– She has always looked exactly the same and that is wonderful. I like fashion but I am completely uninterested in consumption. Even if it is quite funny to follow how fashion shows will create different trends each season, I myself do not care about them when it comes to dressing. The concept of a uniform is therefore very appealing to me. My uniform consists of pieces in different shades of mostly blue and black. For example: jackets, pants, skirts and coats, in wool or some other thick material if it is winter. In summer I prefer cotton, linen and silk and I almost always wear men’s shoes or Nike Air Max’s. What is important to me is the silhouette being wider below the waste and never too perfect. The pants that I am wearing right now for instance, I bought them for like five euro at a thrift store and then I cut them off just above the ankle so that they are neither long nor short. I will also buy sweaters and patch the elbows. In that way I make the garments my own so to speak, greatly inspired by the classical book Cheap Chic: Hundreds of Money Saving Hints to Create Your Own Great Look, she says.
In general Liselotte believes that people buy too much stuff, understanding that one might find it fun to look trendy and cool but still stating the fact that we really have to stop comparing ourselves to others.
– Be inspired by the things you see, but be smart and work towards you owning the garments and not the other way around. Buy second hand and create your own look. I do not like cheap and newly produced garments. I mean if a sweater costs ten euro someone else has obviously paid a higher price along the way. This might sound boring but I think that it is a fact worth repeating. If you get this urge for buying something just try to relax and ask yourself – why? It is not a race, the one who buys the most is not the happier one. It does not work like that!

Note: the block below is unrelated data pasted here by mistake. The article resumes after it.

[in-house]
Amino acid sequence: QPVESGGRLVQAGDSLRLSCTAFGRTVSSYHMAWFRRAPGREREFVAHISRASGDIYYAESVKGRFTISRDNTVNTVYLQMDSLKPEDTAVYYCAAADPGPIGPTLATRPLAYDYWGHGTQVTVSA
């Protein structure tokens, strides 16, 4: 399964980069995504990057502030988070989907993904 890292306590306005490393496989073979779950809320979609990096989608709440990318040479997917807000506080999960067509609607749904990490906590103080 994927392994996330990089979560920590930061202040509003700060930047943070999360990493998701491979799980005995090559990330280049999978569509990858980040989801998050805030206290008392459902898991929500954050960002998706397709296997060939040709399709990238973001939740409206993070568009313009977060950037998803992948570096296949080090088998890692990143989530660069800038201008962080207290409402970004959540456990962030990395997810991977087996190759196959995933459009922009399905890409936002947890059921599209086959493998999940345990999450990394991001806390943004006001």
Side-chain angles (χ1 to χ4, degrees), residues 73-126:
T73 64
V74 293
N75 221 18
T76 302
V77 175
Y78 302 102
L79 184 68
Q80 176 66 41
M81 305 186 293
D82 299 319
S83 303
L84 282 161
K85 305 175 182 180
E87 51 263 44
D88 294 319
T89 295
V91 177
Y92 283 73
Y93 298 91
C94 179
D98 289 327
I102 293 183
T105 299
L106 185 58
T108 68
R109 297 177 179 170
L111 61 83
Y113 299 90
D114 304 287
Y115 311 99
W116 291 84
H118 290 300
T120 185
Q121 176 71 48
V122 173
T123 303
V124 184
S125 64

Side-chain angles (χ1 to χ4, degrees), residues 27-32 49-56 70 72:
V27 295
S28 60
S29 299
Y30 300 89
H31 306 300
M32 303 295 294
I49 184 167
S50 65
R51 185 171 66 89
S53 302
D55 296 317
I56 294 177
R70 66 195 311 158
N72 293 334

When it comes to her own work Liselotte does not waste any time contemplating. She is self-critical and constantly striving towards being better.
– I hate looking back and never save any of my work. I just want to move forward and not dwell on the past. I work with much dedication but when the job is done I hardly ever think of it again. When looking back, I find it easy to be self-critical. I mean, of course it is good that I have been trying out new techniques and constantly challenged myself. However, I sometimes wish I had been more consistent, like the fashion illustrator Mats Gustafson. He has never done anything bad. But I am just not that talented. A simple fact that I have to swallow, she says smiling.
Each day aspiring illustrators contact Liselotte asking her advice and opinion. But as a matter of fact she herself has never had a structured plan for her career. When she started out in the nineties there were few others she could compare herself to. She believes that it was a blessing that she could work and develop her style in her own little bubble, far away from the social media platforms of today, such as Instagram, where it is easy to loose yourself in self-doubt and comparison.
– My advice is that you have to be able to see what might bring you forward. Seize the right opportunities and be patient in finding your own style. Not everything will yield immediate success but somewhere along the line I believe eventually it will. Try to find out what you really want to say without thinking about what anyone else might expect from you. Do not always look for the confirmation of others. I for one could never start a project bearing in mind the result. I have to begin in a liberated and creative mood, allowing myself to follow my gut feeling without being too pragmatic or practical. It is not until further down the line that you have to get your stuff together.
Words by Rebecca Öhnfeldt
Images by Francesco Pizzo
Apart from working on her upcoming exhibition, Liselotte Watkins Falk can be seen in the December issue of the Italian edition of L’Officiel magazine, where her abstract ladies cover some eight pages carrying different designer bags. She also works with prints for a clothing company in Dubai and has a long-lasting cooperation with the Swedish brand Rodebjer, amongst others.